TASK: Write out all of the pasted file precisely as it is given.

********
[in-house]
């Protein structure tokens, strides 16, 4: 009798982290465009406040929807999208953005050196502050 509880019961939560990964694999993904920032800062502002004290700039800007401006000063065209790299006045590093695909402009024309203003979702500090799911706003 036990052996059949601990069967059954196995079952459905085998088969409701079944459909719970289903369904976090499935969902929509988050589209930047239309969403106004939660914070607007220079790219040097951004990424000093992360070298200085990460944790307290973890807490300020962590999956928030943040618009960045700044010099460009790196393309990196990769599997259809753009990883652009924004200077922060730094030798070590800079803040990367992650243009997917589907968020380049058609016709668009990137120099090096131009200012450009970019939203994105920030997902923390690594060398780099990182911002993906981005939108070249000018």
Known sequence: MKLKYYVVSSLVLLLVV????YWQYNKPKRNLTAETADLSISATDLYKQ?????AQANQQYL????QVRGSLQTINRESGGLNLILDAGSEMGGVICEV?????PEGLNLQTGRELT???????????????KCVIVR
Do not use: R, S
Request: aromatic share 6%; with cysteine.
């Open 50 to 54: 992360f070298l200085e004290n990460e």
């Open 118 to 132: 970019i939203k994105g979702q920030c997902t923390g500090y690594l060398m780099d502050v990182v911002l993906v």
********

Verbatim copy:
[in-house]
């Protein structure tokens, strides 16, 4: 009798982290465009406040929807999208953005050196502050 509880019961939560990964694999993904920032800062502002004290700039800007401006000063065209790299006045590093695909402009024309203003979702500090799911706003 036990052996059949601990069967059954196995079952459905085998088969409701079944459909719970289903369904976090499935969902929509988050589209930047239309969403106004939660914070607007220079790219040097951004990424000093992360070298200085990460944790307290973890807490300020962590999956928030943040618009960045700044010099460009790196393309990196990769599997259809753009990883652009924004200077922060730094030798070590800079803040990367992650243009997917589907968020380049058609016709668009990137120099090096131009200012450009970019939203994105920030997902923390690594060398780099990182911002993906981005939108070249000018």
Known sequence: MKLKYYVVSSLVLLLVV????YWQYNKPKRNLTAETADLSISATDLYKQ?????AQANQQYL????QVRGSLQTINRESGGLNLILDAGSEMGGVICEV?????PEGLNLQTGRELT???????????????KCVIVR
Do not use: R, S
Request: aromatic share 6%; with cysteine.
């Open 50 to 54: 992360f070298l200085e004290n990460e």
């Open 118 to 132: 970019i939203k994105g979702q920030c997902t923390g500090y690594l060398m780099d502050v990182v911002l993906v």